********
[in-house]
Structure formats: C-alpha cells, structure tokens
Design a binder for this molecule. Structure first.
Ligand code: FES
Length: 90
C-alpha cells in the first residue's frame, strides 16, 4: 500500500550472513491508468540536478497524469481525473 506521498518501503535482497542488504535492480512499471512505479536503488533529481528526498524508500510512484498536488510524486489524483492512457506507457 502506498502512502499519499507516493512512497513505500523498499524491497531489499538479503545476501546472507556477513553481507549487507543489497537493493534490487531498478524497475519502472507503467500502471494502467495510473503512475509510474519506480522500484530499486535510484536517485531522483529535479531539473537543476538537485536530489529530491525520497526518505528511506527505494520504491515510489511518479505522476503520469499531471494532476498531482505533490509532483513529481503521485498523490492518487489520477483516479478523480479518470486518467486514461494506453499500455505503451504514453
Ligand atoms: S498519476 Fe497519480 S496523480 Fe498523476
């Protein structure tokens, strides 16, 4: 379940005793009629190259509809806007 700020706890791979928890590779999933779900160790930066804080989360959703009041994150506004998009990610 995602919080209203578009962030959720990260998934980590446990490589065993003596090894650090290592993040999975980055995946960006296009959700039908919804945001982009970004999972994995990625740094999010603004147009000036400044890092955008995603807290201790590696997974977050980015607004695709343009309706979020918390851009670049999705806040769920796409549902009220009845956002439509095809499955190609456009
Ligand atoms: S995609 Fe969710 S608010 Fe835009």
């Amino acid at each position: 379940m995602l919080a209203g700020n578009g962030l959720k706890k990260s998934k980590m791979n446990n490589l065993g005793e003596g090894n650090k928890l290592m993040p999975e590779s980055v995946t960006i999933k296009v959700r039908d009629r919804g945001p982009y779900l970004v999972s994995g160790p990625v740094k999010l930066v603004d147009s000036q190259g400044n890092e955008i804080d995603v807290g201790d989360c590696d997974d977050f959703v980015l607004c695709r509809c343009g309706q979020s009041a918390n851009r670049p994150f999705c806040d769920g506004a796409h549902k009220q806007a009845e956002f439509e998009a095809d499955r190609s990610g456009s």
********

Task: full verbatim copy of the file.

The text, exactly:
[in-house]
Structure formats: C-alpha cells, structure tokens
Design a binder for this molecule. Structure first.
Ligand code: FES
Length: 90
C-alpha cells in the first residue's frame, strides 16, 4: 500500500550472513491508468540536478497524469481525473 506521498518501503535482497542488504535492480512499471512505479536503488533529481528526498524508500510512484498536488510524486489524483492512457506507457 502506498502512502499519499507516493512512497513505500523498499524491497531489499538479503545476501546472507556477513553481507549487507543489497537493493534490487531498478524497475519502472507503467500502471494502467495510473503512475509510474519506480522500484530499486535510484536517485531522483529535479531539473537543476538537485536530489529530491525520497526518505528511506527505494520504491515510489511518479505522476503520469499531471494532476498531482505533490509532483513529481503521485498523490492518487489520477483516479478523480479518470486518467486514461494506453499500455505503451504514453
Ligand atoms: S498519476 Fe497519480 S496523480 Fe498523476
């Protein structure tokens, strides 16, 4: 379940005793009629190259509809806007 700020706890791979928890590779999933779900160790930066804080989360959703009041994150506004998009990610 995602919080209203578009962030959720990260998934980590446990490589065993003596090894650090290592993040999975980055995946960006296009959700039908919804945001982009970004999972994995990625740094999010603004147009000036400044890092955008995603807290201790590696997974977050980015607004695709343009309706979020918390851009670049999705806040769920796409549902009220009845956002439509095809499955190609456009
Ligand atoms: S995609 Fe969710 S608010 Fe835009």
């Amino acid at each position: 379940m995602l919080a209203g700020n578009g962030l959720k706890k990260s998934k980590m791979n446990n490589l065993g005793e003596g090894n650090k928890l290592m993040p999975e590779s980055v995946t960006i999933k296009v959700r039908d009629r919804g945001p982009y779900l970004v999972s994995g160790p990625v740094k999010l930066v603004d147009s000036q190259g400044n890092e955008i804080d995603v807290g201790d989360c590696d997974d977050f959703v980015l607004c695709r509809c343009g309706q979020s009041a918390n851009r670049p994150f999705c806040d769920g506004a796409h549902k009220q806007a009845e956002f439509e998009a095809d499955r190609s990610g456009s």